Signpost (Weber, Utah), 1974-10-041
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the D Cooler Weather Vol. 43 No. 3 T p WEBER STATE COLLEGE President Joseph L. Bishop hopes to make WSC "the best" four year institution in the United States. Included in his other goals is a multi-million dollar fund raising project. (Photo by Fred Barta) "Fall Week' offers concert and games "Fall Week" begins Tuesday with activities designed to let students get acquainted with campus organizations. This week is being sponsored by the Associated Students of Weber State College. Mark Stuart, Fall week chairman said that this week will also get the various campus organizations united.; The activities planned for the week follows : Tuesday's activities are being planned by the dormatories under the direction of their council. Either the movie "The Harrad Experiment" will be shown at 8 p.m. in the Promontory Tower cafeteria. Refreshments will be served free of charge. There are no activities scheduled on Wednesday. On Thursday, a pillow concert October i r v t a and. stomp are being sponsored -by the ASWSC. These activities will be in the Union Building ballroom beginning at 8 p.m. The group Black Wolf will be featured. Cost for the evening is $1 with student I.D. and $1.50 without. Friday is Opening Social Day. Activities are being sponsered by the campus religious organizations. There will be games and activities all day and a movie that evening. The movie will either be Funny Girl or Madge. Saturday is activity day. There will be free admission offered to the WSC Montana State football game with student I.D. The game begins at 7:30 p.m. Later there is an after game stomp being sponsored by the Activities Board. 4, 1974 Staff shows concern according to Bishop "I think it was of concern to the faculty when such a major revision took, place as changing deans throughout the institution," said Weber State President Joseph L. Bishop in reference to the reorganization of the administration which occurred last spring. Bishop, answering questions in an interview conducted last month continued, "My judgment was that we needed some new ideas. These other people were good people who had served the institution ell but we had embarked upon a new era." Bishop also said, "my particular goal is that Weber State College become nationally known as the best four year institution, not just a good institution but the best. I think it is entirely possible because of the uniqueness of Weber State." To point out the uniqueness of Weber, Bishop cited the lack of teaching assistants on this campus. He said, "universities struggle with that problem all the time." "The comprehensiveness," was also pointed out as a unique feature of WSC. Bishop said, "The comprehensiveness of this institution is incredible for a four year institution. We have united the liberal arts with the vocational, technical world and that is a very tough job to have take place anywhere in a four year institution." Student Oriented Bishop stated that Weber was "student oriented." He explained this by saying that student government "has direct access to the deans level. In addition to that we have the Skills Center so that we can take students , regardless of where they are. Even if they haven't graduated from high school we can provide avenues of assistance for them," he added. "The problem in the past was trying to unite the efforts of the administration and faculty. My hope is that the deans whom they (the faculty) had a great input into selecting relate very well to them (the faculty," Bishop added. "Making Weber the best institution is now a question of finance, not only through state but other agencies also, to give the college a base of flexibility," Bishop said. He continued, "I'll be spending a great deal of time in fund-raising this year. Not from federal sources alone, but also from private sources." "T've set a goal of raising $5 Ogden.Utah 84403 million in five years. We need $5 million that is unrestricted so that if the state system can't help us, then the money properly invested in good sound securities could be used for a quality education," he emphasized. Dee Events Center Bishop also discussed the Dee Events Center during the course of the interview. He said, "There's a chance that we may have to redesign the Dee Events Center." He cited inflation as the major reason for this possibility. Bishop said that there was no way anyone could have predicted the inflationary boom. He said that the current rising costs were not predicted by the two professional architectural firms the college hired or the college's own architect. According to Bishop, the cost of steel has doubled within the past few months. Roofing and mechanical equipment also added to the cost. He said, "My concern is that to offset the cost the building must be redesigned, scaled down. Warehousing materials is another possibility to fight inflation Bishop said. Warehousing materials means that the state buys the materials right now so that people know what the cost of the Events Center will be. "Therefore we'll be secure in the materials." "Our hope is that we won't have to redesign it. There is a cost factor attached to that. It means we'd have to redesign the whole building, start from scratch." Increased Cost Bishop said that when the original cost came in, "it was well within our means. We even had a cushion, I became a little nervous, because during the second meeting with the architect it was disclosed that the price had gone up by $400,000." Bishop said that a company was hired to do a cost analysis and they found that the college was lacking $2 million. "So last year, Bishop continued, "the Dee family and Stewart families together came to our rescue and we were able to raise $2 million in just plain gifts." "I don't want to be dramatic about it but the Special Events Center now is nearing the same cost as the Salt Palace complex just a few years ago. ..I am concerned," Bishop said. In reference to the cutback suffered by the athletic departments Cooler, with a chance of showers today. Saturday will remain cool but dry. A warming trend should follow. of all Big Sky Conference schools, Bishop said that each institution retained the right to include whatever sports they wanted within the funding restrictions. He said that Weber decided to maintain their skiing and golf programs. That leaves Weber with seven sports, which is comparable to other institutions, Bishop said. "The thing we are working with," he continued "is cost." The inflation hit us in many areas. One happened to be sports; scholarships, food costs, and out-of-state tuition all have increased by virture of need," Bishop added. Alarming Deficit "We were running a deficit at an alarming rate. Weber had the most sports in the Big Sky Conference with 10 at that time. My thought was that the Big Sky Conference would look at this and . have a little more time in deciding which sports would be cut. , "We have a concern also for the women's intercolligiate athletic program and that's not provoked only by "Title Nine" as many may believe but by a sincere feeling that we shouldn't discriminate against the women's program. "We're interested in conserving energy and conserving our fuel costs," Bishop said when asked about the energy crisis. He continued, "we don't want to make anyone uncomfortable, we'll do the best we can at a level we can afford and the nation can afford." Bishop said that we can expect 68 degree temperatures again this winter. He said that last year there was a problem created when temperature was turned down. "Space heaters eemed to be coming out of the woodwork and it offset, in a real sense, the calculated energy saving that we had tried to put forth." Saving Energy "Dr. Clark is getting a letter out letting people know in advance that the space heated option isn't the one that is really appropriate," he said. A rumor that the dormotory policies have been changed and that each floor would be allowed to vote on a 24-hour open house was squelched by Bishop. However, he said that "each floor will have great input into what takes place on their floor within the constraints of policy guidelines outlined last spring. That policy is that will be no open house."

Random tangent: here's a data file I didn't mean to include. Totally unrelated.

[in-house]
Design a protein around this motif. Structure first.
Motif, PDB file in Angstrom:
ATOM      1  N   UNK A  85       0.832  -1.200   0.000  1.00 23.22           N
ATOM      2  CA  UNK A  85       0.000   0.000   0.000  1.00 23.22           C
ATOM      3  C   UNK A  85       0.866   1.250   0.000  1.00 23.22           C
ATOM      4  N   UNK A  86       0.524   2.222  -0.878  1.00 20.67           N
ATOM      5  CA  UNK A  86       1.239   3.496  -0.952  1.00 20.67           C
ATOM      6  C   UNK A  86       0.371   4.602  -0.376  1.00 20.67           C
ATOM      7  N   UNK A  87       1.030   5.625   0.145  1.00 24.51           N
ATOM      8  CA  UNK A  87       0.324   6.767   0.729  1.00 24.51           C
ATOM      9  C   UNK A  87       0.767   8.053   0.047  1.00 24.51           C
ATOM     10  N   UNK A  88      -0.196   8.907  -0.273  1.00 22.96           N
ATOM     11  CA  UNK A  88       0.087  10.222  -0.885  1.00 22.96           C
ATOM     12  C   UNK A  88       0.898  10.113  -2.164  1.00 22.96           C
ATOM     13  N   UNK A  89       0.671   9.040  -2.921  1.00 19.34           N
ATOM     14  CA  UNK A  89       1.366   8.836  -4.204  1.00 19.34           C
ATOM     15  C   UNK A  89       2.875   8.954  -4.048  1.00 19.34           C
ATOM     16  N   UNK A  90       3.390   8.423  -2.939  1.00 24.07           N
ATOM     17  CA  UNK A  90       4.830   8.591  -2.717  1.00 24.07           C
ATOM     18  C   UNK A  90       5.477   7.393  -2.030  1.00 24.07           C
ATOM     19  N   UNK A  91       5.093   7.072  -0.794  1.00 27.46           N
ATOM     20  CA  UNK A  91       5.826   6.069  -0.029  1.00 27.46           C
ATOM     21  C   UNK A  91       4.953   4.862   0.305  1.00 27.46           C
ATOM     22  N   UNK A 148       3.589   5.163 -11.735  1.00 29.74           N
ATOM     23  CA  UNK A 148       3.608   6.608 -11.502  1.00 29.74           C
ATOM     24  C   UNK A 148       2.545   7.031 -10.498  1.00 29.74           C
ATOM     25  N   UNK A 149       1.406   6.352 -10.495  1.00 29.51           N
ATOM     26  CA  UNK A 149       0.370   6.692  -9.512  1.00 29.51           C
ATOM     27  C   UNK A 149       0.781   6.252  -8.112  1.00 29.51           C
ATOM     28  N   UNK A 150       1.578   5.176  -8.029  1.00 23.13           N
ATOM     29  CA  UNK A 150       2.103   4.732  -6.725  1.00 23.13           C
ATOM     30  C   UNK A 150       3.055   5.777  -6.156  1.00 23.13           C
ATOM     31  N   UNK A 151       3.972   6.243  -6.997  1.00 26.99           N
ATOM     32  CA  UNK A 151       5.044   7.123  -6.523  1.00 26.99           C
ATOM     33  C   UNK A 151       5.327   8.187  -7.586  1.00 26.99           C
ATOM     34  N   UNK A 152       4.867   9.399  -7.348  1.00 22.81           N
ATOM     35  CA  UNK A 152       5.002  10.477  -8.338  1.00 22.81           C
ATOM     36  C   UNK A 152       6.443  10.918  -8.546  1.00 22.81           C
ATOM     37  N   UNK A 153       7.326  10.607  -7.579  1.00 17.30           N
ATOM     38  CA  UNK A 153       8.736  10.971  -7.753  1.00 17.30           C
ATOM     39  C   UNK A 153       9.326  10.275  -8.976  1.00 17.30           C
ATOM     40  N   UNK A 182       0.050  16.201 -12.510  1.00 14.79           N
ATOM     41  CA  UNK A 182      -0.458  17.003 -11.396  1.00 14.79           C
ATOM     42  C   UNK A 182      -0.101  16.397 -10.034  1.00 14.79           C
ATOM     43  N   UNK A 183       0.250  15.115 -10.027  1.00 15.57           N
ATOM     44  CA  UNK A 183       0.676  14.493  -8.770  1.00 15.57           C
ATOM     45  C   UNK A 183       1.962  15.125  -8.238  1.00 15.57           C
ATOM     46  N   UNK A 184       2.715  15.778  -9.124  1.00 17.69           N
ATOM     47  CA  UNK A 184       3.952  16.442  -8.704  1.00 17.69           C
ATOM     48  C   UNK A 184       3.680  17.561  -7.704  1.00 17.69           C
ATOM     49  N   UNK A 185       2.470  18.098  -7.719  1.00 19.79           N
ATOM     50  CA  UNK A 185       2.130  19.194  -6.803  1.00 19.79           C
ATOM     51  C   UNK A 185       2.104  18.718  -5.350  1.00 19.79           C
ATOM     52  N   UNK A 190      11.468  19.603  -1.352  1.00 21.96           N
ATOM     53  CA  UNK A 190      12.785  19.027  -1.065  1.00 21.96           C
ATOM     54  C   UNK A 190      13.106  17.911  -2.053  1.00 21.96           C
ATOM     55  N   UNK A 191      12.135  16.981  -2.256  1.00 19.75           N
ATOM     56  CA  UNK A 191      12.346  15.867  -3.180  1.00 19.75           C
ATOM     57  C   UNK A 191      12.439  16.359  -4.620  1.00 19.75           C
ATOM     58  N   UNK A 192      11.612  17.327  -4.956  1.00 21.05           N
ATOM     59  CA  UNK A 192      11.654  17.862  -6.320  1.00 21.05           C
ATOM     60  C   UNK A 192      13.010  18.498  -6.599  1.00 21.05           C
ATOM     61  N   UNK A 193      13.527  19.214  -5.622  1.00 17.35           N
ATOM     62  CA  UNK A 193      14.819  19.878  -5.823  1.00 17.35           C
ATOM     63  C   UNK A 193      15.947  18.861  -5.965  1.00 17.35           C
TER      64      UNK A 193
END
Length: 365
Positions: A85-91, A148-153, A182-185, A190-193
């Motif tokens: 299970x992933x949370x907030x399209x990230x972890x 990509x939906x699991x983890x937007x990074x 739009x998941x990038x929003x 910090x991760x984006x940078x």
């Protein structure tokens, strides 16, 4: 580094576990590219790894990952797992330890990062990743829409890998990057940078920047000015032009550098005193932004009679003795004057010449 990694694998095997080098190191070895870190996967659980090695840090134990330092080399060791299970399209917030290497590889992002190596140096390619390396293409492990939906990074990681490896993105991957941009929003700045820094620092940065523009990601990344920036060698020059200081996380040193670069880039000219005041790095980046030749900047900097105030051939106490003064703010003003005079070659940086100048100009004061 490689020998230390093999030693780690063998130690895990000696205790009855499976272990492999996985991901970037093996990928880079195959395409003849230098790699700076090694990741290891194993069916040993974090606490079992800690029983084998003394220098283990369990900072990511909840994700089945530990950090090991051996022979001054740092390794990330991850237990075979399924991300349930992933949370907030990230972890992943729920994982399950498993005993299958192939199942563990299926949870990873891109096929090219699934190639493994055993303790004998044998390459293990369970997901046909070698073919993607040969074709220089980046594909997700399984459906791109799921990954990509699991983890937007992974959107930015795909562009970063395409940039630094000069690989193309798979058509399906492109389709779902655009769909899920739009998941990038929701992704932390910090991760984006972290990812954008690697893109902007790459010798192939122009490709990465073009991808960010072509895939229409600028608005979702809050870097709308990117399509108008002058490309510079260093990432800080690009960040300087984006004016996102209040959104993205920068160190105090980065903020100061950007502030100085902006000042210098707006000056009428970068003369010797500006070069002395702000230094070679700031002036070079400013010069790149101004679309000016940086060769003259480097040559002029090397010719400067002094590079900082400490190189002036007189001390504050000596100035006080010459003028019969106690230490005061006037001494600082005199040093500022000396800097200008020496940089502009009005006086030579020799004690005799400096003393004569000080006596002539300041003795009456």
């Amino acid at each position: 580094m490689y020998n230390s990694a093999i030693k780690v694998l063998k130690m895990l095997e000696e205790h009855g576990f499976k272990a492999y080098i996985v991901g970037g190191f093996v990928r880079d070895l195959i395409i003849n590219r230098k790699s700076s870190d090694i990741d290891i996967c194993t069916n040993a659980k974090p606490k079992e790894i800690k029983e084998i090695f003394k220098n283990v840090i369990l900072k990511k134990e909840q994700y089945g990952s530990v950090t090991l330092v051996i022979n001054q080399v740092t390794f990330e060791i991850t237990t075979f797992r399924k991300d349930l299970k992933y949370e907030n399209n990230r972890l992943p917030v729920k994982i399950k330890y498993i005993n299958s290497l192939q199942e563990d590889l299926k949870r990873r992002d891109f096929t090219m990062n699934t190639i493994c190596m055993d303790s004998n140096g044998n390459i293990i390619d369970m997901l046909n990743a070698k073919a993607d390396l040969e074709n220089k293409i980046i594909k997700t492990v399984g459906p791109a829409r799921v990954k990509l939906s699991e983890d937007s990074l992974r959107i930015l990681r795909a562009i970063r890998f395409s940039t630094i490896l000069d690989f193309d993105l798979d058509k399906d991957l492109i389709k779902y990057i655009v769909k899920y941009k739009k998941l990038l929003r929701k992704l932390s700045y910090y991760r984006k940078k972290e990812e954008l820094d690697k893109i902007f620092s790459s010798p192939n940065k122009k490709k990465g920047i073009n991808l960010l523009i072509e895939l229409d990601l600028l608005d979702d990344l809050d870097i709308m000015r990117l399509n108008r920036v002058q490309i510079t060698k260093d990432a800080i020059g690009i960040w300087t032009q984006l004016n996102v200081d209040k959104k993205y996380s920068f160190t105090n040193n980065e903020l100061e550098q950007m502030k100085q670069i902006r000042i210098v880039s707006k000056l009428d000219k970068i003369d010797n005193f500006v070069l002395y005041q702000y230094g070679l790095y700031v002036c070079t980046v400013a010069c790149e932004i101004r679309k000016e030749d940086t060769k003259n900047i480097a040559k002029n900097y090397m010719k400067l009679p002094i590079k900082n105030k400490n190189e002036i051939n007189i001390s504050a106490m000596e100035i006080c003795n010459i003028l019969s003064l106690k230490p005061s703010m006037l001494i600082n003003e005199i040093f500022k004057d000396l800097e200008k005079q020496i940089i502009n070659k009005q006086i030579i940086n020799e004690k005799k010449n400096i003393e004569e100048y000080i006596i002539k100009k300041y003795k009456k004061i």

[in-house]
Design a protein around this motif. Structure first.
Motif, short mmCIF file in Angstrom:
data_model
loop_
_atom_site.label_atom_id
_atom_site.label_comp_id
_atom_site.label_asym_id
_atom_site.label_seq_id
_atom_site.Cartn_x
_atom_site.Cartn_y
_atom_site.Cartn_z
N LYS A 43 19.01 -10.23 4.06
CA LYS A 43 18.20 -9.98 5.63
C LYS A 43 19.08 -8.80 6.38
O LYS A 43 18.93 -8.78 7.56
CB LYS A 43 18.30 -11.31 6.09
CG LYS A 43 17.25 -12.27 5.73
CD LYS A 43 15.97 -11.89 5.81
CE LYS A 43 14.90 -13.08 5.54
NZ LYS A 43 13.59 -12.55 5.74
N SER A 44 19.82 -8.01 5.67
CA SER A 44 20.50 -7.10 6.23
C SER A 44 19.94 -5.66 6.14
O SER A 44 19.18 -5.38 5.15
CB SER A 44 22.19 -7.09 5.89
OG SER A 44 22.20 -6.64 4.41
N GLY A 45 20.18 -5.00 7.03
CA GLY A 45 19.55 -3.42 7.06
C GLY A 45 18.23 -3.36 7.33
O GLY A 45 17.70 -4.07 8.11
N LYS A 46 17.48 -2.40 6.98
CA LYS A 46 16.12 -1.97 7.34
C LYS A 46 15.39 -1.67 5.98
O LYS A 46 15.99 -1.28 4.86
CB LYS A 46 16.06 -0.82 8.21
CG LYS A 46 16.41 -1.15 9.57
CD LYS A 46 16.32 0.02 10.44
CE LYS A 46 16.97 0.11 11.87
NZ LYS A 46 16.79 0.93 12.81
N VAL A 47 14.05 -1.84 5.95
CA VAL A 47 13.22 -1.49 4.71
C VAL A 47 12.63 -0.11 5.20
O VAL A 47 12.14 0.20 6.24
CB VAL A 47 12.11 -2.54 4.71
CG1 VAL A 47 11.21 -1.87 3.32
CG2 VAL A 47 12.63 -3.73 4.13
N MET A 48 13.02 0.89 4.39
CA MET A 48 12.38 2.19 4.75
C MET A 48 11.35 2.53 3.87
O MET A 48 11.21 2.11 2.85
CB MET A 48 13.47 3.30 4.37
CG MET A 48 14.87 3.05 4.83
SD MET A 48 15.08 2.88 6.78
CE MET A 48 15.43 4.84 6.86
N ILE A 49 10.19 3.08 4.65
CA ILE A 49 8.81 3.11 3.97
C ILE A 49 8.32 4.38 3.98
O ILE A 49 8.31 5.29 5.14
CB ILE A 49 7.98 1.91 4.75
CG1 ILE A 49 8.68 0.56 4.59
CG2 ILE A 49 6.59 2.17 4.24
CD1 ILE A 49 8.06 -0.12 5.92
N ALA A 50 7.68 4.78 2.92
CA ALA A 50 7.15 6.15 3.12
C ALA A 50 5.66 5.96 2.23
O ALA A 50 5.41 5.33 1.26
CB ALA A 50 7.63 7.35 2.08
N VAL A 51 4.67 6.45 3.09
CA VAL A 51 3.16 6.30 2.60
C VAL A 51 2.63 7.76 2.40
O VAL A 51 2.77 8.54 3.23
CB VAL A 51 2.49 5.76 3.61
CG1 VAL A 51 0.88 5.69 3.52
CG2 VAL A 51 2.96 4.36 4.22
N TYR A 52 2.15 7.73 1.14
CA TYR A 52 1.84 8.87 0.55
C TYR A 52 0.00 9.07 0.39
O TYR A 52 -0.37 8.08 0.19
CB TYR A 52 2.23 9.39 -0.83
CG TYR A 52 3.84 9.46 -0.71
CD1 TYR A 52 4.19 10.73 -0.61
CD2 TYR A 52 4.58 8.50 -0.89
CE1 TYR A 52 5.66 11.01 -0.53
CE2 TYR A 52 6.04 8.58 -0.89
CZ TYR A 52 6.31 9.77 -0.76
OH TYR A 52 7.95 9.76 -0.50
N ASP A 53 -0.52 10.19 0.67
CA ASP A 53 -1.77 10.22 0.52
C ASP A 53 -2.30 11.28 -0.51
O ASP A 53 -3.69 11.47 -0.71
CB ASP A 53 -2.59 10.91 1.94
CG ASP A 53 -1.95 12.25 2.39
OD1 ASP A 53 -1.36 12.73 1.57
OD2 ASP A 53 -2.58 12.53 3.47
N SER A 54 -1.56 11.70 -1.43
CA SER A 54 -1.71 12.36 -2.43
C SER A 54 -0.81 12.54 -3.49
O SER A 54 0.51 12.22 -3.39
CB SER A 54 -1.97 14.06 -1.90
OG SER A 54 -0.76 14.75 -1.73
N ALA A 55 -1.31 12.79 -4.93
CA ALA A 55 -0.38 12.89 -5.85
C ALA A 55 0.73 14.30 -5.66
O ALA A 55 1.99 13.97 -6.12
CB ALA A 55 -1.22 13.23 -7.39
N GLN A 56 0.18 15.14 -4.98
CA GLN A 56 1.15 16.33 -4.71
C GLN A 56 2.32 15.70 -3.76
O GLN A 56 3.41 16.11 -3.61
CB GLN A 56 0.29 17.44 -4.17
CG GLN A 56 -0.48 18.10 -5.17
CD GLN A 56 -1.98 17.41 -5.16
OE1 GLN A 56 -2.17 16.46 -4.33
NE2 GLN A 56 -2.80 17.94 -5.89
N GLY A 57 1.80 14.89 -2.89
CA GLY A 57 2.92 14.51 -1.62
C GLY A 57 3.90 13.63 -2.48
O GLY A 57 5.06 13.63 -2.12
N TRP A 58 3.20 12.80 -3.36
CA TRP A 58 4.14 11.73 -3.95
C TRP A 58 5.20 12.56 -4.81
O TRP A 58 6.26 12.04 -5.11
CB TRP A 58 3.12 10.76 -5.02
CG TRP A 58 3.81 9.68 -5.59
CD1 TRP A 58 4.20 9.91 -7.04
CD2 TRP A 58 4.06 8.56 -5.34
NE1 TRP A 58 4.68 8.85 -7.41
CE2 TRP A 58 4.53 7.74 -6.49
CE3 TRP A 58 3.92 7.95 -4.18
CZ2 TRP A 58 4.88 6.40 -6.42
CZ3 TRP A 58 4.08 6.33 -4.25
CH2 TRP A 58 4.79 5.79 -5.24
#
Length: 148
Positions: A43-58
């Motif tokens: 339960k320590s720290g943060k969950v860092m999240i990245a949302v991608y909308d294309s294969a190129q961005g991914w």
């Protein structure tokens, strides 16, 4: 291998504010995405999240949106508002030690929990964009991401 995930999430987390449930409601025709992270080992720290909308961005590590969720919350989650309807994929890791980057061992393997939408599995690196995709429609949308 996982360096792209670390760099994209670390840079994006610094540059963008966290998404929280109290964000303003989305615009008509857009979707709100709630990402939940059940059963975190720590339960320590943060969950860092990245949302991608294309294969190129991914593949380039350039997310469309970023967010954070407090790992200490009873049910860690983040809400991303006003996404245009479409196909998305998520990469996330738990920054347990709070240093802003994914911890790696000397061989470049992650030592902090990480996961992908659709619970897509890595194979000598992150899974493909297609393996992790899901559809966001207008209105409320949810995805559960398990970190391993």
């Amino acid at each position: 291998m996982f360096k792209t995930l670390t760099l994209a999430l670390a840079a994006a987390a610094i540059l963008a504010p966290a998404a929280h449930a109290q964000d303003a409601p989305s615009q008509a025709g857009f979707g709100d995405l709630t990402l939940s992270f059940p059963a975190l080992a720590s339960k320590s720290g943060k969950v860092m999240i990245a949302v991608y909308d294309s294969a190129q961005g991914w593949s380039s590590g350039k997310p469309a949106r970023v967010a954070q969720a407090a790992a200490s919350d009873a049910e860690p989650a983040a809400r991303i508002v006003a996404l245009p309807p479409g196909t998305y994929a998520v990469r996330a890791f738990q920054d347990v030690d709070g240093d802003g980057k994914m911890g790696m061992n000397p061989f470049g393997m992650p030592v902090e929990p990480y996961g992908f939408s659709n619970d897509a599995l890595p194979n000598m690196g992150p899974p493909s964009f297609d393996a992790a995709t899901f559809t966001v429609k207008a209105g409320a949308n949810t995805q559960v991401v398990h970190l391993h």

|Title||Signpost (Weber, Utah), 1974-10-04, Vol. 34, No. 3|
|Creator||Weber State College|
|Contributors||Associated Students of Weber College; A generous grant from the Utah State Library and the Institute of Museum and Library Services.|
|Description||Weber's current student newspaper, the Signpost, first appeared on September 29, 1937. For two years prior to that time, campus news was disseminated via announcements posted on a bulletin board known as the "Signpost". As a result, the masthead of the first issue of the paper itself featured a rudimentary wooden sign with the title spelled out in rustic-looking letters. Over the years the paper has been published continuously, though the look, size and style has changed several times.|
|Subject||College student newspapers and periodicals; Weber State College|
|Publisher Digital||Stewart Library, Weber State University|
|Source||University Archives LD5893.W55 S5, Stewart Library, Weber State University|
|Rights Management||Public Domain. Courtesy of University Archives, Stewart Library, Weber State University.|